Youth and adults gather in Montreal to discuss the needs of young people in preparation of the 2018 Synod on Youth. "it is important that we realize that our duty is to inform and not to convince. Conviction is the work of the Holy Spirit and ours is to plant the seeds. People must exercise their wills in choosing God," Elizabeth writes. Photo from Register files/Courtesy of Isabel Correa

Speaking Out: Debate without the name-calling

By  Elizabeth Iwunwa, Speaking Out
  • November 2, 2017
A few days ago, I found myself speaking at work about my beliefs regarding artificial contraceptives.


My friend, who regards herself as a Catholic feminist, had penned a piece that was published in the student newspaper. She spoke in detail about how the very contraceptives that promised liberation to women had only succeeded in betraying them. 

I had not planned on veering into this topic with my co-worker and would not do justice if I attempted to recount the conversation. Yet, I find it remarkable that our time together was respectful, especially because while we identified a common problem, we proffered solutions that were ideologically at odds with each other. 

My co-worker’s position reflected that of many young women today. She believes that a sexual act does not intrinsically have meaning and commitment need not be a prerequisite for the act. On the matter of contraceptives, she said that for women with irregular cycles, artificial ones were the most effective in preventing unplanned pregnancies.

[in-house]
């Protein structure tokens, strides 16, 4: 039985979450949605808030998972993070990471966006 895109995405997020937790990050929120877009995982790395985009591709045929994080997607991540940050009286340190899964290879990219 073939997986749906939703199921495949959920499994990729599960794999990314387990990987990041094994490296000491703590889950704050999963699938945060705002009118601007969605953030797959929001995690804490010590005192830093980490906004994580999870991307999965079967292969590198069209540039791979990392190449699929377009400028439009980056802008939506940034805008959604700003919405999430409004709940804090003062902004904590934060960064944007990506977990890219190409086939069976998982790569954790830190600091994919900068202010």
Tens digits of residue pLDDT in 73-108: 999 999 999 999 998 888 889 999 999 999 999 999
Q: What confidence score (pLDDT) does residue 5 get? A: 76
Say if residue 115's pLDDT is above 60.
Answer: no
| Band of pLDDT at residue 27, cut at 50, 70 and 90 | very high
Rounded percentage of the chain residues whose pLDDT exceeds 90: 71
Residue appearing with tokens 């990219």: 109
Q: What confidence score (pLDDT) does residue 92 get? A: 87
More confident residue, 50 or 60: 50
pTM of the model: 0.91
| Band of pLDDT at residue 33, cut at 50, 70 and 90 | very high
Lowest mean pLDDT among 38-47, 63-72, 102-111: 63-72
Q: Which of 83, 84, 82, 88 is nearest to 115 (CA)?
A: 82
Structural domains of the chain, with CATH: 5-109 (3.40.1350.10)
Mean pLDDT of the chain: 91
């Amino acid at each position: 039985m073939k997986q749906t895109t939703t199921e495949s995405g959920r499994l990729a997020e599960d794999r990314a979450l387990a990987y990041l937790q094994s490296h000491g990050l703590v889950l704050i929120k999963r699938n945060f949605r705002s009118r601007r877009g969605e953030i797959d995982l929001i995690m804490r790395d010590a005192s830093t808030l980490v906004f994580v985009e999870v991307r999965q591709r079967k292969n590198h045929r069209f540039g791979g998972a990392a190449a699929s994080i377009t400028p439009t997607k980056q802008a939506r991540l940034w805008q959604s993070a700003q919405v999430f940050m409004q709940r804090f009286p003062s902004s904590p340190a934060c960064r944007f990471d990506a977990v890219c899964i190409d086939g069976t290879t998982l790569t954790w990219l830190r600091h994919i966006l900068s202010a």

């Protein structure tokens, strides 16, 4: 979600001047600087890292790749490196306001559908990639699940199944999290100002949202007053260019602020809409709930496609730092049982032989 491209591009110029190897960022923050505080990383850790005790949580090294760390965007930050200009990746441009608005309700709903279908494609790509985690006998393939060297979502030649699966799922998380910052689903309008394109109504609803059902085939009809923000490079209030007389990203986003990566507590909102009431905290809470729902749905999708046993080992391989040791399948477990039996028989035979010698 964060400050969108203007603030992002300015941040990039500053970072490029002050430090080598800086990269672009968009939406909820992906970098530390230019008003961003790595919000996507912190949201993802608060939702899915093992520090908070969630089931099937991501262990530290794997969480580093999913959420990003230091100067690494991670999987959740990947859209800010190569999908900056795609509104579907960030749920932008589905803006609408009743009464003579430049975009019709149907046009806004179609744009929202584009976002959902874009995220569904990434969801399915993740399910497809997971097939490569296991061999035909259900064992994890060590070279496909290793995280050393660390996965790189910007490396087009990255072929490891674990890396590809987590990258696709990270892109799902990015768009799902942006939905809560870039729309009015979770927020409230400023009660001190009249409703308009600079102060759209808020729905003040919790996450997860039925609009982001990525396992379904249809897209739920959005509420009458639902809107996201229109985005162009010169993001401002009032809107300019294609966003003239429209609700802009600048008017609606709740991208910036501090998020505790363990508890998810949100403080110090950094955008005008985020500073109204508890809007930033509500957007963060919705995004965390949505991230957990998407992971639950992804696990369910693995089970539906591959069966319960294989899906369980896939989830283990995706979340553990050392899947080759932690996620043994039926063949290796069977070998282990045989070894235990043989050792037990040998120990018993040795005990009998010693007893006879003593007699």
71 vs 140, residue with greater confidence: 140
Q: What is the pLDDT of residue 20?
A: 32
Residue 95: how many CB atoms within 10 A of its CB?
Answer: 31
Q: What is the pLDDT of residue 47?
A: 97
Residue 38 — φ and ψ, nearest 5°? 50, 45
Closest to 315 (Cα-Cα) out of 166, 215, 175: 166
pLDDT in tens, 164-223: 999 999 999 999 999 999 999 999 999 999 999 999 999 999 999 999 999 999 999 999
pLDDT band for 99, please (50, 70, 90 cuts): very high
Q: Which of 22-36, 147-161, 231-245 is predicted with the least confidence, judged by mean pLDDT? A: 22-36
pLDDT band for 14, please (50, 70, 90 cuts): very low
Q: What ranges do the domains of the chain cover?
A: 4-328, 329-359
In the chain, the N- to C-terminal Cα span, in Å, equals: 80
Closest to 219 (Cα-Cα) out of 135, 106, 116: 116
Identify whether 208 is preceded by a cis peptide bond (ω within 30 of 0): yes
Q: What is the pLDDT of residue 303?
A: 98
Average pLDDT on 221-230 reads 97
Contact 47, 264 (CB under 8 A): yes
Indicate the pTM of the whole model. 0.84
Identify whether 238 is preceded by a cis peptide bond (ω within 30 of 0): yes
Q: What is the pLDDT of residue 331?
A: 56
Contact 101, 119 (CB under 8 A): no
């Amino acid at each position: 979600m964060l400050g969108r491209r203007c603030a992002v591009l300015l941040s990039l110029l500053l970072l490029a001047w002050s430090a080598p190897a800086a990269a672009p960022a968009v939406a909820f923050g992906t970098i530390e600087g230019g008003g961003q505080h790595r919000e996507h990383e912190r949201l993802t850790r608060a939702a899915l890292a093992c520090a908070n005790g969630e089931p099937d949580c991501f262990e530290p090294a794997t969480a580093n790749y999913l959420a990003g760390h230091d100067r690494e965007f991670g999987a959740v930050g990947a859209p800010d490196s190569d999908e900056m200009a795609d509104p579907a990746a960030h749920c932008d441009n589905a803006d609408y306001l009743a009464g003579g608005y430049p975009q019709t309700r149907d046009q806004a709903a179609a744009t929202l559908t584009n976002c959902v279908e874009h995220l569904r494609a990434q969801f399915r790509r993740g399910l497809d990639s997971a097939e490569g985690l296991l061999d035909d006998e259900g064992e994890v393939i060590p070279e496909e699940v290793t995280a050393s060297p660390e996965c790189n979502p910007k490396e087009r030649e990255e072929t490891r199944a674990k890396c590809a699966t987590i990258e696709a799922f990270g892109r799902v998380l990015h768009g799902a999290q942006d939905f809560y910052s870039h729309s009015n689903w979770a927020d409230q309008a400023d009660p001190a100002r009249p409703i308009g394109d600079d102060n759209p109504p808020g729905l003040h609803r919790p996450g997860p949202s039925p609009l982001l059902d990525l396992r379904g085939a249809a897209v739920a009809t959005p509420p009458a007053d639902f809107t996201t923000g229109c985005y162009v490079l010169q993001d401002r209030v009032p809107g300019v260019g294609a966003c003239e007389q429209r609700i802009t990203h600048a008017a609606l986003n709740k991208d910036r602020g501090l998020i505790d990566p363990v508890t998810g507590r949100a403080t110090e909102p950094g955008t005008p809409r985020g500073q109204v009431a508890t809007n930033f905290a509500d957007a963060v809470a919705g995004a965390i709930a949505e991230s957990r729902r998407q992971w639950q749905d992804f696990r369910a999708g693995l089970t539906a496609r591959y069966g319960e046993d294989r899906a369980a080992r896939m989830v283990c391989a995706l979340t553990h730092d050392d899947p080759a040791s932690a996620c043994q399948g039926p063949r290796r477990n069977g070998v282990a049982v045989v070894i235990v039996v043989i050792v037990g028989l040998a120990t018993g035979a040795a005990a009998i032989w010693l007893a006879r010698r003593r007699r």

I, on the other hand, am opposed to artificial contraceptives because of the side effects that are seldom mentioned by its advocates. In addition to Church teaching, I also think contraceptives absolve the other party (typically male) from long-term responsibilities that results from a sexual act.

It is worth noting that our conversation did not descend into the pit of name-calling and the accusations of sinister motives that often accompany such issues.

There is very little left to say on the matter of tension in our world, especially with regards to conflicting beliefs. What I can share are a few suggestions that may aid those who enjoy dialogue with those with whom they disagree.

First, it is important that we realize that our duty is to inform and not to convince. Conviction is the work of the Holy Spirit and ours is to plant the seeds. People must exercise their wills in choosing God.

Respect is reciprocal. The same fervour with which we desire respect for our beliefs we must likewise treat the beliefs of others. Respect does not mean shrinking back or watering down the truth. There is something to be said for respectful disagreement. 

Furthermore, a person is not simply a sum of their ideas. To reduce a full human being to an embodiment of a certain ideology is a slap in the face of their complexity and uniqueness. Separate a sin from a sinner and address the sin. 

The outcome of these conversations, we cannot guarantee. Yet, those with whom we speak remain willed and loved by God. The living of the truths we hold dear speaks louder than our words ever could.

(Iwunwa, 20, is a fourth-year psychology student at University of Prince Edward Island in Charlottetown, PEI.)

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